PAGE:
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COVID-19 VACCINES

Why are the numbers of fully-vaccinated people going down in Austria?

Despite vaccinations continuing, Austria's percentage of fully vaccinated people is decreasing. What happened?

Why are the numbers of fully-vaccinated people going down in Austria?
A woman is vaccinated at the vaccination center in Amalienbad in Vienna, Austria, February 05, 2022. - Austria's president on February 4, 2022 signed a law making Covid-19 vaccination mandatory for all adults, a first in the European Union. (Photo by ALEX HALADA / AFP)

In comparisons among different countries, it is common to see that just 69 per cent of the Austrian population is “fully vaccinated.”

According to the Health Ministry, a month ago, that number was at 69.48 per cent – just yesterday, it was 69.05 per cent.

But people don’t “unvaccinate,” so why are numbers going down?

While most countries measure their Covid-19 vaccination rate by the number of people with at least two doses of a valid vaccine or one dose of the Janssen vaccination, Austria follows different criteria. And that has influenced its data considerably.

Unlike many other countries, Austria doesn’t present the data in terms of “people with two doses of the coronavirus vaccine.”

Instead, 69 per cent refers to the part of the population with a “valid vaccination certificate.”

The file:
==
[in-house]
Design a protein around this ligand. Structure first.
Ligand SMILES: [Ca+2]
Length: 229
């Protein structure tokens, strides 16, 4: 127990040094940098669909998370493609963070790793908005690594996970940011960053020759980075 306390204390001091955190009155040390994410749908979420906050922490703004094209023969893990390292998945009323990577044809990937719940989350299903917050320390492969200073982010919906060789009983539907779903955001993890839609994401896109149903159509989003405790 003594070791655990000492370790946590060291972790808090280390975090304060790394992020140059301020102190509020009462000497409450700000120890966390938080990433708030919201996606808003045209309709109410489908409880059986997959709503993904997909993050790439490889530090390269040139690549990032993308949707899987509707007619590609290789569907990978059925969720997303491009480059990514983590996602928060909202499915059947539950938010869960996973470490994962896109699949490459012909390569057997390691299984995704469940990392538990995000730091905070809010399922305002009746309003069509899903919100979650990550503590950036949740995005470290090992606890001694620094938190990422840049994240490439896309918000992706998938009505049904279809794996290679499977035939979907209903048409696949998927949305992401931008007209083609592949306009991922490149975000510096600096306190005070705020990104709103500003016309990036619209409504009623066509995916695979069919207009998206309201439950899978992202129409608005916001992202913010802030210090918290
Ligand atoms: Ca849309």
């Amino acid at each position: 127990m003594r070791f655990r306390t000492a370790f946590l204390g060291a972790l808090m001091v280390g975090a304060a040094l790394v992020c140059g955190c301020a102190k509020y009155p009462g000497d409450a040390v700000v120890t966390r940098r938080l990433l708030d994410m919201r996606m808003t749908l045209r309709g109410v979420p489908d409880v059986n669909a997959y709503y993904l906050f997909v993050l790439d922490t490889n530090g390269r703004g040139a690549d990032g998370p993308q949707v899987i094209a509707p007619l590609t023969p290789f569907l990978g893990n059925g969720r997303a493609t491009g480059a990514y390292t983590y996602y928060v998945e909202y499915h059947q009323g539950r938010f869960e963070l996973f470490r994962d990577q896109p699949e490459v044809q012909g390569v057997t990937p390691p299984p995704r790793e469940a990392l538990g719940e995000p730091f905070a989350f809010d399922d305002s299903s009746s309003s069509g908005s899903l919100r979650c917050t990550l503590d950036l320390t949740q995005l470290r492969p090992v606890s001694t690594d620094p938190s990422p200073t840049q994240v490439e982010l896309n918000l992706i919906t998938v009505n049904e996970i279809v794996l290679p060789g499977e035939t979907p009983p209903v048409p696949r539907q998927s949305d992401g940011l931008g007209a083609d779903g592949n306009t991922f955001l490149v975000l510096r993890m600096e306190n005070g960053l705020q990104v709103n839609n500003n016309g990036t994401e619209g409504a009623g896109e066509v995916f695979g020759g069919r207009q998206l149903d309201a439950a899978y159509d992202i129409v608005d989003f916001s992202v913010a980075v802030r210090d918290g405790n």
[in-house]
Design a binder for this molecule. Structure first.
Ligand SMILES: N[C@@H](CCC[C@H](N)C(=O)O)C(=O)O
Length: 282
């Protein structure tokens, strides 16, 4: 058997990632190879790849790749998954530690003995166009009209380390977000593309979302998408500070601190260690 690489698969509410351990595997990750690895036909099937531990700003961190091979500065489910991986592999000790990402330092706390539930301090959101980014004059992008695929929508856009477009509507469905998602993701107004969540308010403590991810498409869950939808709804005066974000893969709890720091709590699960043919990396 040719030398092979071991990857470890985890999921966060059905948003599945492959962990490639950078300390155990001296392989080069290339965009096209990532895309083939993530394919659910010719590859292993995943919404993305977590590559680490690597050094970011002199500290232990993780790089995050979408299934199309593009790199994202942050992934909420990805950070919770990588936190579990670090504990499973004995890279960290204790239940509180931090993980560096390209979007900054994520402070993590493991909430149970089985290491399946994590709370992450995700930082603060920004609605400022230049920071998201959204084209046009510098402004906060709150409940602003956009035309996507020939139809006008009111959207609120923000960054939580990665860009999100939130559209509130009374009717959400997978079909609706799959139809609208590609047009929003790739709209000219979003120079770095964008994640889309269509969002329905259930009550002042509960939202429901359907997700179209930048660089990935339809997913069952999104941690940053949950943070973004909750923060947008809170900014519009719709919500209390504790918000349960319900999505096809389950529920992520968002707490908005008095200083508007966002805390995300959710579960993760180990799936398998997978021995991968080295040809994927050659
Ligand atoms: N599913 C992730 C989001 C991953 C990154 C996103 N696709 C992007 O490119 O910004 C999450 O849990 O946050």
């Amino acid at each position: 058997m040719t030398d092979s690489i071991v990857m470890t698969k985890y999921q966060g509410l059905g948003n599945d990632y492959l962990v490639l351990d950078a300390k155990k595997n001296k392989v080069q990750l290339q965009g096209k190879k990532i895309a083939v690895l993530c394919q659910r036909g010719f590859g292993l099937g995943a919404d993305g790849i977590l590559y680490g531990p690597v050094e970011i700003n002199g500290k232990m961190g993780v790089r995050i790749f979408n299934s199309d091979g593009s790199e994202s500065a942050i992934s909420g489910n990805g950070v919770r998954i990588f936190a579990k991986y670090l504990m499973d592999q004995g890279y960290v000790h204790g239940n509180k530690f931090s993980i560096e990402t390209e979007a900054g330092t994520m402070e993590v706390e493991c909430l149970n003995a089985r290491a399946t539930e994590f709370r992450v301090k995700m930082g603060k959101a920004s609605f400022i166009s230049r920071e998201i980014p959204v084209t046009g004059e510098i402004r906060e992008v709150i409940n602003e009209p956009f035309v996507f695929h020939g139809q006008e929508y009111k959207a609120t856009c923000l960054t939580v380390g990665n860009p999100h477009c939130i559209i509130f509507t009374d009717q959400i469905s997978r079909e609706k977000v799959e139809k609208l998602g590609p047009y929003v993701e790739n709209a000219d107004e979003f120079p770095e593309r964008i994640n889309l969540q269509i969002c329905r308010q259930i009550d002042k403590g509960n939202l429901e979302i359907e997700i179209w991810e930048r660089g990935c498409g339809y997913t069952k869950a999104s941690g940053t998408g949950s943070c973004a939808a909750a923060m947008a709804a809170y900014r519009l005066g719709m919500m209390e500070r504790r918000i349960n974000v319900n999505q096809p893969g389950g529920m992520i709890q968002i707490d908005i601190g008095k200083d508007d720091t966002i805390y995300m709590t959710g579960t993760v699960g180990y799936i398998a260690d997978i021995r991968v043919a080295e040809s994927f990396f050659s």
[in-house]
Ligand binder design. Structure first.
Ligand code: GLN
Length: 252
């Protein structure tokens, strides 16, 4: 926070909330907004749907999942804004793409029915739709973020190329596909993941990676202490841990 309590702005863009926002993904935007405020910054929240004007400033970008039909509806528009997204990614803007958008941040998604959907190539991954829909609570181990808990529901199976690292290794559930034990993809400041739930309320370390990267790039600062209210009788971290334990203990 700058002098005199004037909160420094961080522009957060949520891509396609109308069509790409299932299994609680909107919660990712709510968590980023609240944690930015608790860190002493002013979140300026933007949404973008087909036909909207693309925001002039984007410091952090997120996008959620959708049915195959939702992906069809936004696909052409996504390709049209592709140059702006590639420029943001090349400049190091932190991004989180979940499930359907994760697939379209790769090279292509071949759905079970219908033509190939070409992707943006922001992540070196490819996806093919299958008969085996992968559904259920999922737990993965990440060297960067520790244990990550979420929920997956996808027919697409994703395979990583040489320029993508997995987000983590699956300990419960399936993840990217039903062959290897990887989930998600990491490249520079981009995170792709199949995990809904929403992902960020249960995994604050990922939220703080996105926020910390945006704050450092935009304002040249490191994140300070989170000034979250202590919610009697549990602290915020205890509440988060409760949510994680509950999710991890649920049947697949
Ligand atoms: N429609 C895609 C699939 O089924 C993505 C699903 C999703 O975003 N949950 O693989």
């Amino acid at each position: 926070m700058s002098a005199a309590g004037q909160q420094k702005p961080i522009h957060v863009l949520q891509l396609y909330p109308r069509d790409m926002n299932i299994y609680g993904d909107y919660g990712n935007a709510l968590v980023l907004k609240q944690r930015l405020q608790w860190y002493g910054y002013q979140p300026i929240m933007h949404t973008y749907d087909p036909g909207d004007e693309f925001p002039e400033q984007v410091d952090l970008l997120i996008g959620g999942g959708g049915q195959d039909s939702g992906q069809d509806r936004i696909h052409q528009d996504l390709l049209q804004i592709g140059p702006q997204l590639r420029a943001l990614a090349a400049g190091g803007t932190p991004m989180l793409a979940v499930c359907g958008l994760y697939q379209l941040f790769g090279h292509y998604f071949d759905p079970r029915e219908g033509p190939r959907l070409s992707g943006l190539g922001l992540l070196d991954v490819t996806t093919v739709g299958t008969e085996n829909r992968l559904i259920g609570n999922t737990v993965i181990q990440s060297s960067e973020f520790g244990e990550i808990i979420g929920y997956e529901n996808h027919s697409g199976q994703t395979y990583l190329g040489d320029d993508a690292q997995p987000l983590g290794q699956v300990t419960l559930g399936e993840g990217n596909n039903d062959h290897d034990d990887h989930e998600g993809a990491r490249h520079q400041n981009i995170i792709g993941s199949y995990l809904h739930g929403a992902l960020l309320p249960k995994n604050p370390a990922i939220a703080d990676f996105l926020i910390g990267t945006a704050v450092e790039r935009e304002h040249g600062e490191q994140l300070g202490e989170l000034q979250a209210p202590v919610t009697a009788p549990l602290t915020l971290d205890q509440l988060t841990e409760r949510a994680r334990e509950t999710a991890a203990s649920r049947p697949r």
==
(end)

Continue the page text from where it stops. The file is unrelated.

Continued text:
Validity rules

In order to have a valid vaccination certificate, it is essential to consider the validity rules or the expiration dates of the vaccination.

Austria has a “validity calculator” that you can use to see when your doses are no longer valid.

The second vaccination against Covid (or the first one in case of recovery from the disease) is valid in Austria for a maximum of 180 days from the day it is received.

Beginning in early 2022, those who received one shot of the Janssen/Johnson&Johnson vaccine also had to get a second dose to obtain a certificate that fulfils the 2G rule.

Any additional vaccination, which currently means the third dose or booster shot, is valid for 270 days.

There are different rules for children. For 12 to 17-year-olds, the recommendation for a booster shot is six months after the primary immunisation. Children younger than 12 do not need to have a third vaccination.

The rules for entry into Austria are also different. Those with just one dose of the Johnson&Johnson vaccine are considered fully vaccinated for the purposes of travel to the country. Additionally, according to the entry regulation, the second dose is valid for 270 days from the day it is received.

READ ALSO: Travel: What are Austria’s current entry and Covid rules?